Chinese company steps up exploitation of Mount Kailash groundwater

(Photo 1) Map around Mt. Kailash and (Photo 2) The ditch from spring C to nearby Selung Gompa. Photos taken in late September 2015. Photo: File:

Environment Exploitation
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London — New evidence has revealed that a Chinese company is making large profits through bottled mineral water originating from underground water extracted from Mount Kailash, one of Tibet's highest mountains and a site sacred to four religions.

Since 2014, the Darchen Mineral Water Factory has been operated by the Chinese company Mt. Kailash Food & Beverage and has been steadily increasing its operations, with water extracted primarily from an area 6km south of Mt. Kailash.

An investigation by Kailash Environment Observer found that the recent factory developments are visible through satellite imagery on Google Earth. Between 2005 and 2013, there are no obvious operations taking place; however, a photo taken in June 2014 shows signs of significant upscaling.

This includes a water pipeline, which runs from the rear side of the factory to the mountain for water intake. All produced bottle waters appear to be sourced from three underground springs in the Selung River.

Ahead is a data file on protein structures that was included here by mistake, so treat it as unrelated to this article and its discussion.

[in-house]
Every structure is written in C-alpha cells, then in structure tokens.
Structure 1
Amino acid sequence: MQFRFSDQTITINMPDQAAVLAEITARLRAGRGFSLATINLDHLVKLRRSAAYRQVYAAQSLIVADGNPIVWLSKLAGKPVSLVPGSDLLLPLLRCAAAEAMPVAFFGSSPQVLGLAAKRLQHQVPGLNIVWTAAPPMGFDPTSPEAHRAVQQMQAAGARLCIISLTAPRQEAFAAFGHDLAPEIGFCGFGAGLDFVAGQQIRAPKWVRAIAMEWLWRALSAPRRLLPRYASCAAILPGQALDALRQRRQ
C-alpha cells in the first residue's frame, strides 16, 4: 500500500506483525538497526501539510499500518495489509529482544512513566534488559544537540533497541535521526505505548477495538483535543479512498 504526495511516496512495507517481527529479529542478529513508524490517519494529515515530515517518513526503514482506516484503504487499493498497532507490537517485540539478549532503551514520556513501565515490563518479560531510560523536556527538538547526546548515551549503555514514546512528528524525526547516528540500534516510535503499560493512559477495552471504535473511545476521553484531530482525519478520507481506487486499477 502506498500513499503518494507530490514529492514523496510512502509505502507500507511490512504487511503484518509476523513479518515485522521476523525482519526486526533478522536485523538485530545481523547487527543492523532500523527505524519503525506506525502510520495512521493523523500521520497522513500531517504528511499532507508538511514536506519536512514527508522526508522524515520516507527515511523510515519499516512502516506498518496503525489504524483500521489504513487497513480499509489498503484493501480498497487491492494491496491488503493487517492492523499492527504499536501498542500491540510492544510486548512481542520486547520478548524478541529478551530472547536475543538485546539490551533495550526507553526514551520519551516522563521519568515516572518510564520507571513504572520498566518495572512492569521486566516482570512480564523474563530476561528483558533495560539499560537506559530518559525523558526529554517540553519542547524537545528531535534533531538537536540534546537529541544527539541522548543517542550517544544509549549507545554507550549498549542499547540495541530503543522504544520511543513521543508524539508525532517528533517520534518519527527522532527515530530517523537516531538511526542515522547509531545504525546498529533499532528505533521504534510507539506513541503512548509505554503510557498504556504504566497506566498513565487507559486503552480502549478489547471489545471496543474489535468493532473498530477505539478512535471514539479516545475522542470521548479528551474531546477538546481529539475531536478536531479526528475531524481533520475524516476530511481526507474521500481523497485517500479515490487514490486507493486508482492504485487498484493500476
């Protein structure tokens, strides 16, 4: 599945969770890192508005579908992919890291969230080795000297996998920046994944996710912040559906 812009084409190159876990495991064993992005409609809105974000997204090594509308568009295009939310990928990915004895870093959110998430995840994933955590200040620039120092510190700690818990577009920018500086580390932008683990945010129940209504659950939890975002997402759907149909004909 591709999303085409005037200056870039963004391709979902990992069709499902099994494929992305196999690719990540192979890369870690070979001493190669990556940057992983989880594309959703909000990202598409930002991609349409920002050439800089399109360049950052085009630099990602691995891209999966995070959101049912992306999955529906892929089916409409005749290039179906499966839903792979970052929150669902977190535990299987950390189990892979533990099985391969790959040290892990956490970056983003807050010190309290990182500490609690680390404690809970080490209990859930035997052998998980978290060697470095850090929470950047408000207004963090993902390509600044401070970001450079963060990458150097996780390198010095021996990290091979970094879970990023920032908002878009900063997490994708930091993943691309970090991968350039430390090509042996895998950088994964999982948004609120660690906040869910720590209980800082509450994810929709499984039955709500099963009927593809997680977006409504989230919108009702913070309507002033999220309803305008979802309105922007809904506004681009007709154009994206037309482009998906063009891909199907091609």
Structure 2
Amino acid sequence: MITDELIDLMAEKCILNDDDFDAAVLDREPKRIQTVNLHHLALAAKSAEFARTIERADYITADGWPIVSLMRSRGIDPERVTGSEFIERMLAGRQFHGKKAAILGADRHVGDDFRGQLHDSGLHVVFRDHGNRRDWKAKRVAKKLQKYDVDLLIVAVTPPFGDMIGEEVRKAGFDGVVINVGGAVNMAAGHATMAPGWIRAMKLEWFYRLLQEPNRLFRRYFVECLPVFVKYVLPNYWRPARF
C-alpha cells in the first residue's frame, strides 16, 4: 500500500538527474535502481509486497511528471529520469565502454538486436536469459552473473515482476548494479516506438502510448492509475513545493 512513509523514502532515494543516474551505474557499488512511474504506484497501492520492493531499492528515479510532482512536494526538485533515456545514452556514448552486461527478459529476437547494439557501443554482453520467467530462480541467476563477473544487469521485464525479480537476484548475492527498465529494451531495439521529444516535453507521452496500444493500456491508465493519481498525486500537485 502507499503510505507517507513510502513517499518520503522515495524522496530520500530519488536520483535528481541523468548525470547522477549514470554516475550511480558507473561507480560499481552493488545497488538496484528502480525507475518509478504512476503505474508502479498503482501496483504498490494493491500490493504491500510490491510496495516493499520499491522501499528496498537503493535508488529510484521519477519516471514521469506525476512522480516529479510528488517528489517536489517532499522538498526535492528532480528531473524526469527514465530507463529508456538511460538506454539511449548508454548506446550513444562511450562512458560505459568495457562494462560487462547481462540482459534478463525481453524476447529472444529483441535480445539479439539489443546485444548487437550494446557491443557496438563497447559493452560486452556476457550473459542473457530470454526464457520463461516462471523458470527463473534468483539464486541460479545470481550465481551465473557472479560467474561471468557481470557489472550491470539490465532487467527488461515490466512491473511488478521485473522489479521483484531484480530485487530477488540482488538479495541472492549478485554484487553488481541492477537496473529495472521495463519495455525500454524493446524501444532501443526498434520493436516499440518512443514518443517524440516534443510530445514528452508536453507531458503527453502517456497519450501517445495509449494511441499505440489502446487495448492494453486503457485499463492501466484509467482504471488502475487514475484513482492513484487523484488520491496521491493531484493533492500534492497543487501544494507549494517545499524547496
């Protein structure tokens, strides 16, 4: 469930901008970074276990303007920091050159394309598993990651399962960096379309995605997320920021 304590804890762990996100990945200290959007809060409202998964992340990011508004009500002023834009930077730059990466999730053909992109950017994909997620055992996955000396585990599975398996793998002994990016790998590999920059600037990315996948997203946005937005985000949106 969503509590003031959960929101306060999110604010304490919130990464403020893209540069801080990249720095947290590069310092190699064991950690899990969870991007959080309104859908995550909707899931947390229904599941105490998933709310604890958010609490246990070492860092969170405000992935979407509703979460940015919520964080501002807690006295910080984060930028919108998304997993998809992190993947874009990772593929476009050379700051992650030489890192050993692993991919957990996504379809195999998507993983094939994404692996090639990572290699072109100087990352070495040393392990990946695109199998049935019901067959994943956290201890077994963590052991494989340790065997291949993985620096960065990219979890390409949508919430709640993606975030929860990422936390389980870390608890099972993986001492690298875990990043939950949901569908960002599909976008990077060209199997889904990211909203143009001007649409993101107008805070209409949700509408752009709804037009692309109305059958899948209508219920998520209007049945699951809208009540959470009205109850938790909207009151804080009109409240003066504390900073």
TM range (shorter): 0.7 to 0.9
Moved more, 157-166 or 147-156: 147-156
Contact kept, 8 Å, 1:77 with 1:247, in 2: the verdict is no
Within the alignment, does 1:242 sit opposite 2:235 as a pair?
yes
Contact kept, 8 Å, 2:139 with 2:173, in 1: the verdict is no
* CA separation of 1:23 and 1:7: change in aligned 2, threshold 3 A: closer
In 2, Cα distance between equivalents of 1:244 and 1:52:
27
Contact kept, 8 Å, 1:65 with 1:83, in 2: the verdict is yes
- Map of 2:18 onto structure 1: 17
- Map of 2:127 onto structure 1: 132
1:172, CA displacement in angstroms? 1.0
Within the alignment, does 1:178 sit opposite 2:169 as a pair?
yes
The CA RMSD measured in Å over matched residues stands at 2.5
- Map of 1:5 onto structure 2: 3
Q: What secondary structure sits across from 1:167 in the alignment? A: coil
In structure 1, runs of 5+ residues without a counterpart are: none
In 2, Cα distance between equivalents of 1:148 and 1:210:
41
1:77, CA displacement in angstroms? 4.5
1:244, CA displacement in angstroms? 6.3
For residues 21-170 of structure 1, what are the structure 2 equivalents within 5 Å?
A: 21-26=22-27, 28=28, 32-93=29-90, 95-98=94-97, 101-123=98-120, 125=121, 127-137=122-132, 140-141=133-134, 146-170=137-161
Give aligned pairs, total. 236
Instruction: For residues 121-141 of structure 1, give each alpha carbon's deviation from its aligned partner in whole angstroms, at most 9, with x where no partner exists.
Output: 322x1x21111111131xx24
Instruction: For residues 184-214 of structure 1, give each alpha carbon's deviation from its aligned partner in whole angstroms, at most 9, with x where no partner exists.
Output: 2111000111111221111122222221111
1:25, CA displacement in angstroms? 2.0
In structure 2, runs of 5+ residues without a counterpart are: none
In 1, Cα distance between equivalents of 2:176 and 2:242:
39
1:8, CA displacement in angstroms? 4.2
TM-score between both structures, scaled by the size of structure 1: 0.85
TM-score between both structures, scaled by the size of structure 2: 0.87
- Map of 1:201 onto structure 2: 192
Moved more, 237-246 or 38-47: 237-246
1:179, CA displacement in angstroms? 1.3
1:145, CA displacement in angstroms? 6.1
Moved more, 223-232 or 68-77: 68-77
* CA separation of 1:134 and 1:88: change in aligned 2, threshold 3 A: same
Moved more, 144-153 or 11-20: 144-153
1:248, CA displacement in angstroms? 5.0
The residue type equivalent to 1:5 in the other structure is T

Overexploitation of these water intakes threatens to cause significant damage to the fragile natural environment. It also poses a risk to the mountain itself, which is regarded as a sacred site in Buddhism, Bon, Hinduism, and Jainism. In Hinduism, Mount Kailash is home to Lord Shiva, one of the most powerful deities.

The impact of the developments at Darchen has been felt by the locals and Tibetan pilgrims. Darchen often acts as the starting point for pilgrimages in the region; however, these have been disturbed by noise pollution. Meanwhile, a drainage hose at the rear of the factory appears to be discharging wastewater into the local river.

In line with the upscaling of the Darchen Mineral Water Factory, an initiative called "Sharing Tibet's Water with the World" was implemented in 2014 by the regional government of the Tibet Autonomous Region (TAR). Under a ten-year plan announced in November 2015, the initiative hopes to see the bottled water industry in Tibet grow to 10 million tonnes of bottled water production by 2025.

Companies are being encouraged to take advantage of Tibet's water resources through significant tax breaks and lower water extraction fees than elsewhere in China.

Free Tibet recently launched a campaign to bring global awareness to the dangers of the bottled water industry in Tibet, which is expanding with little regard for environmental consequences or the rights of the Tibetan people. The group says that there is currently a "gold rush" for Tibetan water, and the industry has grown to include Western companies as well as Chinese.